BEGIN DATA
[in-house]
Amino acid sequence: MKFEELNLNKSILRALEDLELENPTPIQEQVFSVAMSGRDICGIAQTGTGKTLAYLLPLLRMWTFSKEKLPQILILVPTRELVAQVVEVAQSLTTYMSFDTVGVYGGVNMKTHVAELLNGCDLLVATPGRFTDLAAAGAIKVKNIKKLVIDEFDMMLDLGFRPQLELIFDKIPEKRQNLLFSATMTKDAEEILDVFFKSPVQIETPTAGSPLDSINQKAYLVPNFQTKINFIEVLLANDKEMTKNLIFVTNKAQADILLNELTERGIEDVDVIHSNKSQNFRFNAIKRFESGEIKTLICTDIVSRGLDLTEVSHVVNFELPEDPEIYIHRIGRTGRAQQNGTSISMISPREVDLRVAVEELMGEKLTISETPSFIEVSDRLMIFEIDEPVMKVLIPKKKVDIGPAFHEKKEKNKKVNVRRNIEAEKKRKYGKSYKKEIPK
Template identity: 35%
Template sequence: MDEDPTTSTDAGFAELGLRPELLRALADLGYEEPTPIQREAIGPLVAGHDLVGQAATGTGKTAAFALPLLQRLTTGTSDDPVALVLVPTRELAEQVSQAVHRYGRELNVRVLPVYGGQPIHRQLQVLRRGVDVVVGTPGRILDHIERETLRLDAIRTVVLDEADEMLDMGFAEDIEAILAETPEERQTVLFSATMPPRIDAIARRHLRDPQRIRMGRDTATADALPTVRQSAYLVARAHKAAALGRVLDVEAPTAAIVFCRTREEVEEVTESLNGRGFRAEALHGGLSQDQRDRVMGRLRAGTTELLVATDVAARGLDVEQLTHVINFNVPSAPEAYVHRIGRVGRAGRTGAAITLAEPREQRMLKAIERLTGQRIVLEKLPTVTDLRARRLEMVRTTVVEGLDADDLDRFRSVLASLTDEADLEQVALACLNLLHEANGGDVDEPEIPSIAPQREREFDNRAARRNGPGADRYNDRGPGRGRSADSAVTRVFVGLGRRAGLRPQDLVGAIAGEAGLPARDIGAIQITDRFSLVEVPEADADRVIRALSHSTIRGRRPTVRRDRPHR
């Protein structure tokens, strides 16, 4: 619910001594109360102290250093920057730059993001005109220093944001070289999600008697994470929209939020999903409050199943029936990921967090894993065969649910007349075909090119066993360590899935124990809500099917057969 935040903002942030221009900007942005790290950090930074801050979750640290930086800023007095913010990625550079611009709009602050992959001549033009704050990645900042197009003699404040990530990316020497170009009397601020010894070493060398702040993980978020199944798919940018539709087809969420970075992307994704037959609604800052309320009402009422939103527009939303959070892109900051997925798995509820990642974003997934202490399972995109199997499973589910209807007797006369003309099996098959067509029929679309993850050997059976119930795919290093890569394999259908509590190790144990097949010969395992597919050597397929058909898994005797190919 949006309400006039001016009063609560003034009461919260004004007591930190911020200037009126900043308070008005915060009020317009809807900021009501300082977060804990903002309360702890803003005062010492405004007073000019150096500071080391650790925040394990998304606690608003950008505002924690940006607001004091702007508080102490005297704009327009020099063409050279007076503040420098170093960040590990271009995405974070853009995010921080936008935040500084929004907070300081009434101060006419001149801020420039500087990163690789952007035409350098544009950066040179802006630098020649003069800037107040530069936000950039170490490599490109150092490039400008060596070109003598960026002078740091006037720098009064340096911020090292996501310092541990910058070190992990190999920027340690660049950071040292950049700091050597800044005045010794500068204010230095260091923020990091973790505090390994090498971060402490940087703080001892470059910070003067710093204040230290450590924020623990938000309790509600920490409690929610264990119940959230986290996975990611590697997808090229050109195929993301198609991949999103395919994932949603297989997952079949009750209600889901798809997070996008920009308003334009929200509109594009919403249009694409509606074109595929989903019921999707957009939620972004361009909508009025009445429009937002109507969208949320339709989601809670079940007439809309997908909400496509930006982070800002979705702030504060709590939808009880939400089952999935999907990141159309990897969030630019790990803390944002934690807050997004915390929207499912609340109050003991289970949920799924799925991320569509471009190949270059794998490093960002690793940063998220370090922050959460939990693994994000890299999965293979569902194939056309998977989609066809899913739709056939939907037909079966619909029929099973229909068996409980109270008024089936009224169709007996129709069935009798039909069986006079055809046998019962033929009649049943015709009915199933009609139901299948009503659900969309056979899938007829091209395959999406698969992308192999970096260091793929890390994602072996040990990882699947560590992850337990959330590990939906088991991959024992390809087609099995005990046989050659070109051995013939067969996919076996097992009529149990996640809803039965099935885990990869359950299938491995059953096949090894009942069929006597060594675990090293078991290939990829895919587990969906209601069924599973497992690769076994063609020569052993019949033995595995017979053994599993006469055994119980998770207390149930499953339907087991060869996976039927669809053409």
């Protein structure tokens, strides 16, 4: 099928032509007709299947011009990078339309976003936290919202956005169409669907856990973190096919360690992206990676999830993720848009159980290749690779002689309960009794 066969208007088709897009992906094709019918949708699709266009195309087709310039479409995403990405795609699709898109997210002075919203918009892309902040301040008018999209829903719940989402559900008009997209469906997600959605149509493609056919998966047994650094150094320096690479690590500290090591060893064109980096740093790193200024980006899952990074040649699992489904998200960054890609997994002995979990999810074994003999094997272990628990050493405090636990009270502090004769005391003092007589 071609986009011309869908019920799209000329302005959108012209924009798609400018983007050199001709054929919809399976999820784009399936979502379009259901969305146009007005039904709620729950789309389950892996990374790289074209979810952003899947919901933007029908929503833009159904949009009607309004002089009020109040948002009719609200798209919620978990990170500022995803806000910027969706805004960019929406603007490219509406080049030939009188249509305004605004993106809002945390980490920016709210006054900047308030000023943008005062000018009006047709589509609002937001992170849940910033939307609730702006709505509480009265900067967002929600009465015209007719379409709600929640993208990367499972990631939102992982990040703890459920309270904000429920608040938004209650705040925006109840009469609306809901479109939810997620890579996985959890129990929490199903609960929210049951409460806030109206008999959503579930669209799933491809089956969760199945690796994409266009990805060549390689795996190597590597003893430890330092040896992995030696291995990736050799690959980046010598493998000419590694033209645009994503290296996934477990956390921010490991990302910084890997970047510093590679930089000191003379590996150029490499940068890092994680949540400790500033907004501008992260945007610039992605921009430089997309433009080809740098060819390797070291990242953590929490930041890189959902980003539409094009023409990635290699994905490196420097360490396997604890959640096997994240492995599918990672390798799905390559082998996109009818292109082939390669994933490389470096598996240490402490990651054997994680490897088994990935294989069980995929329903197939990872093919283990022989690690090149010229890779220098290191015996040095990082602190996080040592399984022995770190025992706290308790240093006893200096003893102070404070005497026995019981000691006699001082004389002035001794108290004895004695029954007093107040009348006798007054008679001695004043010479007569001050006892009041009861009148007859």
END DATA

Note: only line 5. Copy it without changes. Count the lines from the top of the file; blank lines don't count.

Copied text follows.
């Protein structure tokens, strides 16, 4: 619910001594109360102290250093920057730059993001005109220093944001070289999600008697994470929209939020999903409050199943029936990921967090894993065969649910007349075909090119066993360590899935124990809500099917057969 935040903002942030221009900007942005790290950090930074801050979750640290930086800023007095913010990625550079611009709009602050992959001549033009704050990645900042197009003699404040990530990316020497170009009397601020010894070493060398702040993980978020199944798919940018539709087809969420970075992307994704037959609604800052309320009402009422939103527009939303959070892109900051997925798995509820990642974003997934202490399972995109199997499973589910209807007797006369003309099996098959067509029929679309993850050997059976119930795919290093890569394999259908509590190790144990097949010969395992597919050597397929058909898994005797190919 949006309400006039001016009063609560003034009461919260004004007591930190911020200037009126900043308070008005915060009020317009809807900021009501300082977060804990903002309360702890803003005062010492405004007073000019150096500071080391650790925040394990998304606690608003950008505002924690940006607001004091702007508080102490005297704009327009020099063409050279007076503040420098170093960040590990271009995405974070853009995010921080936008935040500084929004907070300081009434101060006419001149801020420039500087990163690789952007035409350098544009950066040179802006630098020649003069800037107040530069936000950039170490490599490109150092490039400008060596070109003598960026002078740091006037720098009064340096911020090292996501310092541990910058070190992990190999920027340690660049950071040292950049700091050597800044005045010794500068204010230095260091923020990091973790505090390994090498971060402490940087703080001892470059910070003067710093204040230290450590924020623990938000309790509600920490409690929610264990119940959230986290996975990611590697997808090229050109195929993301198609991949999103395919994932949603297989997952079949009750209600889901798809997070996008920009308003334009929200509109594009919403249009694409509606074109595929989903019921999707957009939620972004361009909508009025009445429009937002109507969208949320339709989601809670079940007439809309997908909400496509930006982070800002979705702030504060709590939808009880939400089952999935999907990141159309990897969030630019790990803390944002934690807050997004915390929207499912609340109050003991289970949920799924799925991320569509471009190949270059794998490093960002690793940063998220370090922050959460939990693994994000890299999965293979569902194939056309998977989609066809899913739709056939939907037909079966619909029929099973229909068996409980109270008024089936009224169709007996129709069935009798039909069986006079055809046998019962033929009649049943015709009915199933009609139901299948009503659900969309056979899938007829091209395959999406698969992308192999970096260091793929890390994602072996040990990882699947560590992850337990959330590990939906088991991959024992390809087609099995005990046989050659070109051995013939067969996919076996097992009529149990996640809803039965099935885990990869359950299938491995059953096949090894009942069929006597060594675990090293078991290939990829895919587990969906209601069924599973497992690769076994063609020569052993019949033995595995017979053994599993006469055994119980998770207390149930499953339907087991060869996976039927669809053409």